Noam Chomsky—Linguist, Philosopher, Cognitive Scientist, Historian and Activist whose work has influenced computer science, mathematics and psychology.

What, Why & Who

The most talented people in the world are the individuals who have become extraordinary innovators because they are remarkable problem solvers. This is due not only to their mastery of the current technological and programming tools now standard in their industry but also, in many cases, a proficiency in the traditional craft(s) of their trade—knowledge and know how that’s often supplemented by other mechanical or creative interests. Currently, these same professionals–most of whom are mid to late career–are telling us that many of the young people entering their fields are struggling. What they are seeing is that a majority of applicants are trained almost exclusively using the current tools (mostly digital) and, in most cases, do not have a good grasp of the basic mechanics or of the fundamental structure that essentially defines what it is they’re creating, whether it’s making a dress pattern, designing highly specialized duct work or even reconciling a storyline for a film in the editing room.

The purpose of The Most Talented People in the World website & blog is to highlight that few professions are dependent on a singular concept &/or tool and that success in many areas is as much about intellectual and creative prowess and basic skills, as it is to work with and incorporate new technology. To illustrate this, we will be interviewing successful professionals working in a wide variety of occupations, from Art and Design fields to Engineering and areas of Financial Services, and everything in between. The professionals we will be talking to will be asked to tell us about what they do, what their most valuable education was and the changes they’ve seen in their industry, especially since the 1990’s, when computers became standard for most all aspects of work and commerce, which also affected education and training practices. You may notice, as we have, that many of the interviews relate to each other at a very basic level, no matter how disparate the vocation, to the extent that they reveal that technology has a negative side, of varying degree, in relation to its benefits.

In addition to the interviews, one section of the site is devoted to articles and research about elementary and secondary education practices, touching on neurological, cognitive as well as problem solving skill development.  Why include this? Because, based on the feedback we have been getting from our interviews, problem solving skills of the younger generation have declined dramatically.  The suspicion is that, while technology is efficient and incredibly accurate, it often provides a pre-programmed (or algorithmic) solution for the user. As a consequence, the ease of use is fostering a culture of conceptual intelligence.  A simple way to illustrate this is, if you only balance your checkbook with a calculator, the math skills you once possessed are still understood but not as easy to apply as they once were.  Basically, if you don’t use it, you lose it.

As mentioned above, what we are hearing from current professionals, especially in the creative industries like Industrial and Fashion Design, Filmmaking, Architecture and Engineering, is that the new generation entering the workforce—many of them college educated—have been schooled solely in concept and how to use the latest technology; they can generate ideas and render them, but do not have the craft or vocational know-how to implement their idea, structurally or mechanically.  As well, mid-career professionals who were part of the initial wave of the computer revolution—trained in traditional methods as well as in the maturing computer age—have become intimately familiar with the pros and cons of the software, such that there is a recognition of not only of the computer’s efficiency and capabilities, but also what issues can be missed or unconsidered due to the fact that the software is so easy to use.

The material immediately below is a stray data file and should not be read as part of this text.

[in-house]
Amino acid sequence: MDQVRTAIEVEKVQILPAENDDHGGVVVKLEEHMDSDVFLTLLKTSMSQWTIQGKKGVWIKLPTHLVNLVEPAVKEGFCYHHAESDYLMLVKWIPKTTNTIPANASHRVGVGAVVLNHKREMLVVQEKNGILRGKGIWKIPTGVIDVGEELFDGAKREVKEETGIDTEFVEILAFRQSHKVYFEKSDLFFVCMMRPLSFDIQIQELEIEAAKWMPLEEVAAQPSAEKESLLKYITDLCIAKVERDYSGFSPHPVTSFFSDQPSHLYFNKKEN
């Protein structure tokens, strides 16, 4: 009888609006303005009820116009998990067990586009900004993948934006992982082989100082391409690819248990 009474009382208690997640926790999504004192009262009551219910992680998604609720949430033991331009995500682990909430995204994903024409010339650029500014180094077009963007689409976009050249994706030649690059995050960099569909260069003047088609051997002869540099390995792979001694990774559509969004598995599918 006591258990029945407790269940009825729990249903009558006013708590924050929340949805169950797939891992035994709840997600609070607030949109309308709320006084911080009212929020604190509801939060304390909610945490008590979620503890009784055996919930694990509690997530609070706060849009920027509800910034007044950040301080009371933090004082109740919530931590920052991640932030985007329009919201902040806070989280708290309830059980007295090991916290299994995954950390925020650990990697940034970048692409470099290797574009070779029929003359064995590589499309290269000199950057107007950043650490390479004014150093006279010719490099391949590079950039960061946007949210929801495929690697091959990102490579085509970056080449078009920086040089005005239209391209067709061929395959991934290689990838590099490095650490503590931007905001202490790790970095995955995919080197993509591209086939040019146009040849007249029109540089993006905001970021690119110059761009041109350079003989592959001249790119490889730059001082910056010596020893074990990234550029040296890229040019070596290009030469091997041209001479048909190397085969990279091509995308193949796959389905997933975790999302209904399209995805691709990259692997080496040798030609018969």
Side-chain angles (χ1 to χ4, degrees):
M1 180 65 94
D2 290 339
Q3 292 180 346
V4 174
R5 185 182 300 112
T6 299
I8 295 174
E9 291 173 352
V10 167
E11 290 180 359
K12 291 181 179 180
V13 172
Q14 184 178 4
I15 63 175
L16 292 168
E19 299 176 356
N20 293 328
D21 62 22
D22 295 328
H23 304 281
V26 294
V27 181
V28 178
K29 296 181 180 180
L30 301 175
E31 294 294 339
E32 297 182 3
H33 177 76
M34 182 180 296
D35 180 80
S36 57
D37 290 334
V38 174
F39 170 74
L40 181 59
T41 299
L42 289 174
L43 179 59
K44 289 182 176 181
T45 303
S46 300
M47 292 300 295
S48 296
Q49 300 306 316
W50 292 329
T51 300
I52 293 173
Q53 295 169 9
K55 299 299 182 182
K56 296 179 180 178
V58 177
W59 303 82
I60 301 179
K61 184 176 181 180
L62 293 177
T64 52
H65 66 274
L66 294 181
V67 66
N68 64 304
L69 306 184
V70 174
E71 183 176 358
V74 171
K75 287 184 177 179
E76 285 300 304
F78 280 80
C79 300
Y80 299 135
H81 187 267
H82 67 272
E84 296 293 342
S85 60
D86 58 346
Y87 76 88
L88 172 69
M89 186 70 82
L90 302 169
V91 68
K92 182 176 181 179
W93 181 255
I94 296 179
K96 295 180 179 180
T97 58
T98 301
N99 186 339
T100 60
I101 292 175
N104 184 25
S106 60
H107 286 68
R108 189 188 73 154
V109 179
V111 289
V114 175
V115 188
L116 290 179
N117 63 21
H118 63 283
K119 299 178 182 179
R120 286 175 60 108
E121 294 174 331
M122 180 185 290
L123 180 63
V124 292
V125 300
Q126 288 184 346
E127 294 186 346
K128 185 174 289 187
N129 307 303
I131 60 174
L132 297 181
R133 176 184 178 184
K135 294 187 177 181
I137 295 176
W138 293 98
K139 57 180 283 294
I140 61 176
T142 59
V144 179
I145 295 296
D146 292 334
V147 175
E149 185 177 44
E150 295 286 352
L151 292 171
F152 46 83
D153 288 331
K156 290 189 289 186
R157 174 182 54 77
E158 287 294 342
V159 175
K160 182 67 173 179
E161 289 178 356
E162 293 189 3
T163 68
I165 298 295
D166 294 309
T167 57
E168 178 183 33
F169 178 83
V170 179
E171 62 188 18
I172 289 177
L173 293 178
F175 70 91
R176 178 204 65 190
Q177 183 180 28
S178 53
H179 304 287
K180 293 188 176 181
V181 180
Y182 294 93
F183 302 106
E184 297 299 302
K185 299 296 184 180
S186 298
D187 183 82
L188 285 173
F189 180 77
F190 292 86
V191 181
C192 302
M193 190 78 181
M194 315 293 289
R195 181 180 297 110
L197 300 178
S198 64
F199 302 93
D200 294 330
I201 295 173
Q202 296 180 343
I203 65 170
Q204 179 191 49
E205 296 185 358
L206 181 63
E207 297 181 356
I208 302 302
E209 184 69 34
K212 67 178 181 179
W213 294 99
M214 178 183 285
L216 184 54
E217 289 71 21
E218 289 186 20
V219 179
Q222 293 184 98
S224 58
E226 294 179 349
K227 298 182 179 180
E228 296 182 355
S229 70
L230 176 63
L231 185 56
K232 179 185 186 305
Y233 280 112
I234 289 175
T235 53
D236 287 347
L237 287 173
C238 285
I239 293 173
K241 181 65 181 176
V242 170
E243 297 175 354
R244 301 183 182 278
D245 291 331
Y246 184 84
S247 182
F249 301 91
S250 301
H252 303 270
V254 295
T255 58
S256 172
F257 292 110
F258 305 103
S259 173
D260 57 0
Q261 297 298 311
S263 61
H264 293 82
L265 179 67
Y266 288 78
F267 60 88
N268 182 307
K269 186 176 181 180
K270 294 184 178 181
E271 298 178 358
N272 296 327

Many of the greatest innovators in history have been people with multi-disciplinary backgrounds. It should be no surprise then, that, many of the successful professionals we are talking to have backgrounds in disciplines other than their primary vocation—sometimes it’s science, math or mechanics, but in many cases it’s history, philosophy, literature & poetry, art, dance &/or music.  As a consequence, there are a lot of articles and profiles present on the site that delve into integrated arts education and individuals engaged in extraordinary projects, professionally and at liesure.

2010 was when I got the first inkling that professional training had shifted dramatically over the last two decades. It was a comment from a gentleman with 40 years experience working in, managing, and building electrical power plants who mentioned that many of the early career electrical engineers do their work exclusively in the office.  Candidly, he told me that these young engineers are not interested in doing the hands-on work out in the field, but prefer to work on their laptop.  In fact, he said, a colleague of his had started teaching at the local university, in part to pass on his knowledge but also as a way to recruit capable individuals to work out on the line.  Sadly, in the seven or so years he’s been teaching, his colleague has found but a handful of electrical engineers willing to work outdoors, despite the decent salary that goes along with the job.  In my mind, that meant that the number of people who have the mechanical know-how to physically build a power line or system that they design, much less work on or repair them, is decreasing dramatically with every graduation.